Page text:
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Yaoundé, 31 March, 2016 –
IFC, a member of the World Bank Group and Cargill today announced the expansion of the Cargill Coop Academy program to Cameroon to develop the business skills of local cocoa farm cooperatives. The program will equip leaders of a vulnerable segment of the local community with tools to help improve productivity and reduce poverty for their partners.
The Cargill Coop Academy is an initiative under the Cargill Cocoa Promise which launched in 2012.The Cargill Cocoa Promise intends to advance the livelihoods of farmers and their communities to enable them to deliver more cocoa over the long term and secure a thriving sector for generations to come. The partners have committed more than $1.1 million to roll out the Cargill Coop Academy in Cameroon until 2020.
Speaking at the inaugural ceremony, H. E. Mr. Henri Eyebe Ayissi, Minister of Agriculture and Rural Development of Cameroon, said, “Agricultural and cooperative education and improving living standards in rural areas are key priorities for the government of Cameroon. We appreciate this inspirational local initiative, developed with the Cargill Coop Academy, to benefit our cocoa farming communities.”
The Cargill Coop Academy was initiated in 2013 in Côte d’Ivoire, where 320 executives from 80 cooperatives have already participated in a month-long intensive classroom training, followed by a year of personalized coaching. Following the success in Cote d’Ivoire, the program plans to train almost 90 executives from 227 farmers’ cooperatives over four years, in partnership with Telcar in Cameroon. Ultimately, the program aims to provide training on adapted financial literacy and cooperative management to over 50.000 farmers.
“We started farmer training five years ago and are pleased with our growth and impact. With the Cargill Coop Academy, we expect to reach a new level of sophistication and accelerate the outreach to cocoa farmer organizations,” said Mme Kate Kanyi Tometi Fotso, Chief Executive Officer of Telcar, Cargill’s joint venture partner in Cameroon.
IFC, funded by Canada’s Department of Foreign Affairs, Trade and Development, is providing advice to help deliver tailored solutions for clients in the agribusiness sector. In a region where more than 50 percent of jobs are in agriculture, expanding the sector holds enormous potential to deliver broad development impact and reduce poverty.
“Co-operatives play a pivotal role in developing rural infrastructure and improving living standards for agricultural communities,” said Mehita Sylla, IFC Country Manager for Cameroon. “Our support will help professionalize farmers with customized training, and provide access to financing to ensure their success.”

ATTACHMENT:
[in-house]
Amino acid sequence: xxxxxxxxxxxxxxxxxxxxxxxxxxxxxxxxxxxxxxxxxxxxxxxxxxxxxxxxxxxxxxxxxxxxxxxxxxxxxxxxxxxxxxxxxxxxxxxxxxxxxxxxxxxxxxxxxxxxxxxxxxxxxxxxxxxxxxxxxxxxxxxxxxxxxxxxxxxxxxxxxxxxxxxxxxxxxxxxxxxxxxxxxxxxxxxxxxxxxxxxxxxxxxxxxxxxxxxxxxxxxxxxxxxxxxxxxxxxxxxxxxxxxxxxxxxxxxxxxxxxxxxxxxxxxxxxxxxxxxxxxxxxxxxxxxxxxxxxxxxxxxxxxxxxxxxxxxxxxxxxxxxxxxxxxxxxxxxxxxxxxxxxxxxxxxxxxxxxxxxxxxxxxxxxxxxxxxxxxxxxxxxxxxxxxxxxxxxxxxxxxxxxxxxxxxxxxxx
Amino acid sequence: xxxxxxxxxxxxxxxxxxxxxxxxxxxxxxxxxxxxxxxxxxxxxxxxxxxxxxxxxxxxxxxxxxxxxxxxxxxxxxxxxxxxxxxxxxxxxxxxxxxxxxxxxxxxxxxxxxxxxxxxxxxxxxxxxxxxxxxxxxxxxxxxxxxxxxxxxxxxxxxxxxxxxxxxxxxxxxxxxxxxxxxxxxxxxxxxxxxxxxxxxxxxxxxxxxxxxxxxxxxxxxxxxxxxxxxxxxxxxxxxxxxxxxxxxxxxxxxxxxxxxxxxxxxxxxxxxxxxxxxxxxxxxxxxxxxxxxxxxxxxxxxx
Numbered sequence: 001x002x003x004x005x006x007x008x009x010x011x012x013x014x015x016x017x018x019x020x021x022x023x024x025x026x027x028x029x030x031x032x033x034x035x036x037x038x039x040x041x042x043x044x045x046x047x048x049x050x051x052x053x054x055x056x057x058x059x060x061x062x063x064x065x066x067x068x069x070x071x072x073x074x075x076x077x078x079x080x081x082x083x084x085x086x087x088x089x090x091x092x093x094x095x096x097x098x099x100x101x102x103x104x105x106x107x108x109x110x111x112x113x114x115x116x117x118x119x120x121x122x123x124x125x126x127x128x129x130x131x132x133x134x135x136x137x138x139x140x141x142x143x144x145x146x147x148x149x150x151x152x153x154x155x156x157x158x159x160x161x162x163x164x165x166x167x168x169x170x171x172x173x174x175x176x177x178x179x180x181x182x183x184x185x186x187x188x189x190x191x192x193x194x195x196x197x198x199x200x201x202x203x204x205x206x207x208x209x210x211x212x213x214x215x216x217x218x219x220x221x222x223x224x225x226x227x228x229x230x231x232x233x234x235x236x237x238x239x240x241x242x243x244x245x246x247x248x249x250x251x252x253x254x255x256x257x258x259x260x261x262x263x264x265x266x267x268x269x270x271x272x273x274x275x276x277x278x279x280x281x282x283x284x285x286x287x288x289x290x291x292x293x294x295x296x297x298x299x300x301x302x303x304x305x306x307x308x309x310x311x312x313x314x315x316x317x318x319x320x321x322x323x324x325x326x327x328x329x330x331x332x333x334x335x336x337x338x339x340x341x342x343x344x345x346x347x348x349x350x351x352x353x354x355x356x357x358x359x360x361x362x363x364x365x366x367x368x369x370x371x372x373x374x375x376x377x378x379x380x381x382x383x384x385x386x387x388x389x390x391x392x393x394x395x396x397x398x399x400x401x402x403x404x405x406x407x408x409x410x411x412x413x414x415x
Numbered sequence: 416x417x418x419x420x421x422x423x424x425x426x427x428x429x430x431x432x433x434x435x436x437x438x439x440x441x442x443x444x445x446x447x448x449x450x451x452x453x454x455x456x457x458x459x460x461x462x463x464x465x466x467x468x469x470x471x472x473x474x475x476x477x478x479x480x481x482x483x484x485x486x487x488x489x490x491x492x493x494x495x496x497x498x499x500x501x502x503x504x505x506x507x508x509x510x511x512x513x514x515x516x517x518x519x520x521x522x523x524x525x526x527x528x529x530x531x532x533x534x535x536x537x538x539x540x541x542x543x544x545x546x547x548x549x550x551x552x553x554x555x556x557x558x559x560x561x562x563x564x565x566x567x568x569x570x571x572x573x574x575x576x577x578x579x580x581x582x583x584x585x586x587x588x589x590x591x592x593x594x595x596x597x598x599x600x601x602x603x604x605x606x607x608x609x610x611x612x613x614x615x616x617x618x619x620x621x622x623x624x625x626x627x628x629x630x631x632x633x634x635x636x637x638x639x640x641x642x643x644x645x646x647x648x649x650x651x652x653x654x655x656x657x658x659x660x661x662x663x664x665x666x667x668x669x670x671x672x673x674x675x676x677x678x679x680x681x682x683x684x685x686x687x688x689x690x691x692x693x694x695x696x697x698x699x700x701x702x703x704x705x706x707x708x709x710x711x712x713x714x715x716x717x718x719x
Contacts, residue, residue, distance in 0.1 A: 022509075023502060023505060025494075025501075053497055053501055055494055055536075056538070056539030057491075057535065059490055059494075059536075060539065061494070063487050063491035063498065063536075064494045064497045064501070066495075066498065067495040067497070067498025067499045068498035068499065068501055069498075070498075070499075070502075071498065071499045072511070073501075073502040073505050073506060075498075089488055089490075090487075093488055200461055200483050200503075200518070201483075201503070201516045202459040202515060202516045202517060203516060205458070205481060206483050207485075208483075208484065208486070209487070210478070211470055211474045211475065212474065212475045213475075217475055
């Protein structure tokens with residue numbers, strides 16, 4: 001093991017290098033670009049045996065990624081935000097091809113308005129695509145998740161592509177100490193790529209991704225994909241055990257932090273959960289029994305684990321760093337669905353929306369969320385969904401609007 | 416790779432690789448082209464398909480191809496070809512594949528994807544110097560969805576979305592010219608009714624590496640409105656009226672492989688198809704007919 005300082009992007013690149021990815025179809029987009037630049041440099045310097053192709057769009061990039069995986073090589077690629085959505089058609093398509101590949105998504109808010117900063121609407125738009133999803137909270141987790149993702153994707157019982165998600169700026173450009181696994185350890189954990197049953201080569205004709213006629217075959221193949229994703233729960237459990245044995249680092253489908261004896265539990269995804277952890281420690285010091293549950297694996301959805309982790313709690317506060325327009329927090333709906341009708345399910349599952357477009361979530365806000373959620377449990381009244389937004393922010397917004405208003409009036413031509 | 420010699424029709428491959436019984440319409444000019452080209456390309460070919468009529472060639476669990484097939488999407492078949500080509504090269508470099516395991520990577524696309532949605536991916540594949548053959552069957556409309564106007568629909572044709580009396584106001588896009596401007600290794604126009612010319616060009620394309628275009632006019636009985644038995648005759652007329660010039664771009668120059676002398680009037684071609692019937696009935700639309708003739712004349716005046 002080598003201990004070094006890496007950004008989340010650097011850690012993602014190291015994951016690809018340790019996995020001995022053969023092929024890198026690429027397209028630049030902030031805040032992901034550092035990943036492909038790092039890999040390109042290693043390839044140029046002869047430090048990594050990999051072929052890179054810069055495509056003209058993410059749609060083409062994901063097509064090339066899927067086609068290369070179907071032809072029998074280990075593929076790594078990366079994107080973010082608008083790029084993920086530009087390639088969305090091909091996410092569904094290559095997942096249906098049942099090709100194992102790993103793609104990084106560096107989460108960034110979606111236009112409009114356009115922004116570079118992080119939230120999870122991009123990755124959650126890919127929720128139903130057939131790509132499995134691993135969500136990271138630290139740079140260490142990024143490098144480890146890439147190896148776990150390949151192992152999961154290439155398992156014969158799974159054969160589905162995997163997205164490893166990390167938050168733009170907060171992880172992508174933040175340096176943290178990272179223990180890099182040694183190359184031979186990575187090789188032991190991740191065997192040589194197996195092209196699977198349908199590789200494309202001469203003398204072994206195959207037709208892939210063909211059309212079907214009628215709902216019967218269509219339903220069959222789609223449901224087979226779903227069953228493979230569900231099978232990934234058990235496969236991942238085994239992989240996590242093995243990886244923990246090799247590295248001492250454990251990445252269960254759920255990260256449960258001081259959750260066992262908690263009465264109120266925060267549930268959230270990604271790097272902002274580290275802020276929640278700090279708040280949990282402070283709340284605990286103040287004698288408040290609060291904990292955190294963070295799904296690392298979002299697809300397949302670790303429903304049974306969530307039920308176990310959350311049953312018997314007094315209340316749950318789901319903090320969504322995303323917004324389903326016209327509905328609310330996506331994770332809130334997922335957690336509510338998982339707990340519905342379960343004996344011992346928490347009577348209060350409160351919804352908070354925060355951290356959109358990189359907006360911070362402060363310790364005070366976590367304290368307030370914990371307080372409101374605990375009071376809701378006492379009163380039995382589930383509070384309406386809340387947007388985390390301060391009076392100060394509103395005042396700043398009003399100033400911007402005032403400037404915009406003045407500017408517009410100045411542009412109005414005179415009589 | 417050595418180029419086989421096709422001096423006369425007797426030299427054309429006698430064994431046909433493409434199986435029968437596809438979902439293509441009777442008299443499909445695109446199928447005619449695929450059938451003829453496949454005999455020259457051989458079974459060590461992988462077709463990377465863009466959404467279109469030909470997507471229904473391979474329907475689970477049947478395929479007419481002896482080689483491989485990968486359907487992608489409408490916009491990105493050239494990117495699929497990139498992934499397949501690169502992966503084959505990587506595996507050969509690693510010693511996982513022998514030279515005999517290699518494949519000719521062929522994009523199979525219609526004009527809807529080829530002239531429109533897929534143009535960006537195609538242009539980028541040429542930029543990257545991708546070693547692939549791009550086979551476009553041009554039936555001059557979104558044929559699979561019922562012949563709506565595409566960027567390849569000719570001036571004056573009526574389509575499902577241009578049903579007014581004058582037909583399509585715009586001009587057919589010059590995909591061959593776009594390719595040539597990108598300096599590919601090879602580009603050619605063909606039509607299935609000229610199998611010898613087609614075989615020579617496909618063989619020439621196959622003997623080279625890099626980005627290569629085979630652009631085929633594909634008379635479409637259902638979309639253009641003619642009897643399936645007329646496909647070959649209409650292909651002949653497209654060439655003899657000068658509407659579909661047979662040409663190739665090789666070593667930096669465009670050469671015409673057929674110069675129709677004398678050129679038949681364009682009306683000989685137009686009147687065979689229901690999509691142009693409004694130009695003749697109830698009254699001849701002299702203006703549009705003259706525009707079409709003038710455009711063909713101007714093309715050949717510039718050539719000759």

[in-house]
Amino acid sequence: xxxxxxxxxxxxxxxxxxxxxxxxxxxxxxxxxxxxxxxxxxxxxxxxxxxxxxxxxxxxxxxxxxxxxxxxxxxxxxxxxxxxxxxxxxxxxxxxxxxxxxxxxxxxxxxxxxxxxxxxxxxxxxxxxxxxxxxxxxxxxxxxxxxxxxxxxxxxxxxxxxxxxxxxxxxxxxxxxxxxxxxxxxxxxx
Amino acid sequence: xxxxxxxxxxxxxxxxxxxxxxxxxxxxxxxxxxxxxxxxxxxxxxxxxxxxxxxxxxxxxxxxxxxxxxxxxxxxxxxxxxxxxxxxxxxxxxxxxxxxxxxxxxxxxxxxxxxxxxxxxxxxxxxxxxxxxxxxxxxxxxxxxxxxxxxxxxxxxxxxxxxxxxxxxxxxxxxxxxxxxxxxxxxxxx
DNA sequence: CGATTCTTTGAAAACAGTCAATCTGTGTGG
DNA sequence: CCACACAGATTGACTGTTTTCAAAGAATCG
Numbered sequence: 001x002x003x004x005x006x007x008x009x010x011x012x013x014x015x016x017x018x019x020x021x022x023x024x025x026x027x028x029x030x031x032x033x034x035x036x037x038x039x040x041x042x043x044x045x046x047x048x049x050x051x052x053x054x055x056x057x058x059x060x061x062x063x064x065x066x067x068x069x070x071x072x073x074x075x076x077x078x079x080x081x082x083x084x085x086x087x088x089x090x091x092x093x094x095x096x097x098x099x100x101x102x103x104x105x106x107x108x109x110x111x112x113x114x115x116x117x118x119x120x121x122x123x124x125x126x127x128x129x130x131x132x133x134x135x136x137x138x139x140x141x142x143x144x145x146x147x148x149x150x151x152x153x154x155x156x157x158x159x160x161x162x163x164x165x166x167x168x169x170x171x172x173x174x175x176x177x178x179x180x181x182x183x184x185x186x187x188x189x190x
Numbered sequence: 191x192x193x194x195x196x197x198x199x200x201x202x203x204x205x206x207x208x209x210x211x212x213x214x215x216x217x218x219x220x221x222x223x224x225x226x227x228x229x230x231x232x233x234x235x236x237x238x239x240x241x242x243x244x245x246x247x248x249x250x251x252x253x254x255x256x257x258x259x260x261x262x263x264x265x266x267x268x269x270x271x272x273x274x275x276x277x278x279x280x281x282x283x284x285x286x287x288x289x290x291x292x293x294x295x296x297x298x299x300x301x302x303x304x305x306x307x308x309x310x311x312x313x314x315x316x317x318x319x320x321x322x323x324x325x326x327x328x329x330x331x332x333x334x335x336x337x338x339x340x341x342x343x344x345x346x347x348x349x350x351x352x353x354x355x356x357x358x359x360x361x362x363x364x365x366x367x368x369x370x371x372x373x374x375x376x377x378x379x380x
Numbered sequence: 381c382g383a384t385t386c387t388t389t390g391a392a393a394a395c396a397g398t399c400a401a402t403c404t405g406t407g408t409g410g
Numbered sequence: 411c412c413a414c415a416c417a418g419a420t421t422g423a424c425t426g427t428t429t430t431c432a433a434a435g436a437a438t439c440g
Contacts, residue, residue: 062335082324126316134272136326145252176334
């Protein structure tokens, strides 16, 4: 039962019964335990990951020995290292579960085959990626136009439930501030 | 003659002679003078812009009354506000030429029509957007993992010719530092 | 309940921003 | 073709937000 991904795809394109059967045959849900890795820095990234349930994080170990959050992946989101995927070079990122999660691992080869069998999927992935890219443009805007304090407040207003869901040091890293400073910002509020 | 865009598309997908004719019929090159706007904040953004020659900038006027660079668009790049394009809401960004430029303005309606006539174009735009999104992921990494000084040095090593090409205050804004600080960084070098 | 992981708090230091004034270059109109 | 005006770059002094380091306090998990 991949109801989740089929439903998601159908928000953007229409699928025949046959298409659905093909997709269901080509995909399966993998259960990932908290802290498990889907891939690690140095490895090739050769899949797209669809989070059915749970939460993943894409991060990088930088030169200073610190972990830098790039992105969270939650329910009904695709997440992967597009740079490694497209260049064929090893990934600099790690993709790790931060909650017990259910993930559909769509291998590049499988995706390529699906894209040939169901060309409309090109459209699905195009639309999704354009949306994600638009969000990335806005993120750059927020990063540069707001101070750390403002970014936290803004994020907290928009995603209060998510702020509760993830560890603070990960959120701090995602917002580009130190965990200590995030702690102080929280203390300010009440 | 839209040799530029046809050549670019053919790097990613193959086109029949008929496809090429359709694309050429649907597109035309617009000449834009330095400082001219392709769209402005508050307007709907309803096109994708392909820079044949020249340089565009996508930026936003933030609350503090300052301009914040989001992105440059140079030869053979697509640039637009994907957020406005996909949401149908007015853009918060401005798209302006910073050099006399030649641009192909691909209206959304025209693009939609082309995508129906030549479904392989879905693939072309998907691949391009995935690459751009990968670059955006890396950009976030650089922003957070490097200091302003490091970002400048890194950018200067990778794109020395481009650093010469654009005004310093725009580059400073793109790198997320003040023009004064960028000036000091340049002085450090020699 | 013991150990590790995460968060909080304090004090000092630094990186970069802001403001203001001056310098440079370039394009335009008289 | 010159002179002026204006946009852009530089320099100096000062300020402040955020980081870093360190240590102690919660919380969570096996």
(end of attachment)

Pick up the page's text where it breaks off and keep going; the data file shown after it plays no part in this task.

Cooperatives are an efficient and effective means to reach cocoa farmers and help them bring products to the market. They are recognized for their capacity to widely promote good agricultural practices and behavioural change in rural areas.
“We have an opportunity to provide the nascent cooperatives in Cameroon with appropriate support from the beginning. Through this partnership, we aim to reach over 50,000 farmers to train them on adapted financial literacy and cooperative management in recognition of their role as the true drivers of successful cooperatives,” said Lionel Soulard, Managing director for Cargill’s cocoa business in West Africa.
IFC, a member of the World Bank Group, is the largest global development institution focused on the private sector in emerging markets. Working with more than 2,000 businesses worldwide, we use our capital, expertise, and influence, to create opportunity where it’s needed most. In FY15, our long-term investments in developing countries rose to nearly $18 billion, helping the private sector play an essential role in the global effort to end extreme poverty and boost shared prosperity. For more information, visit
Cargill provides food, agriculture, financial and industrial products and services to the world. Together with farmers, customers, governments and communities, we help people thrive by applying our insights and 150 years of experience. We have 150,000 employees in 70 countries who are committed to feeding the world in a responsible way, reducing environmental impact and improving the communities where we live and work. For more information, visit
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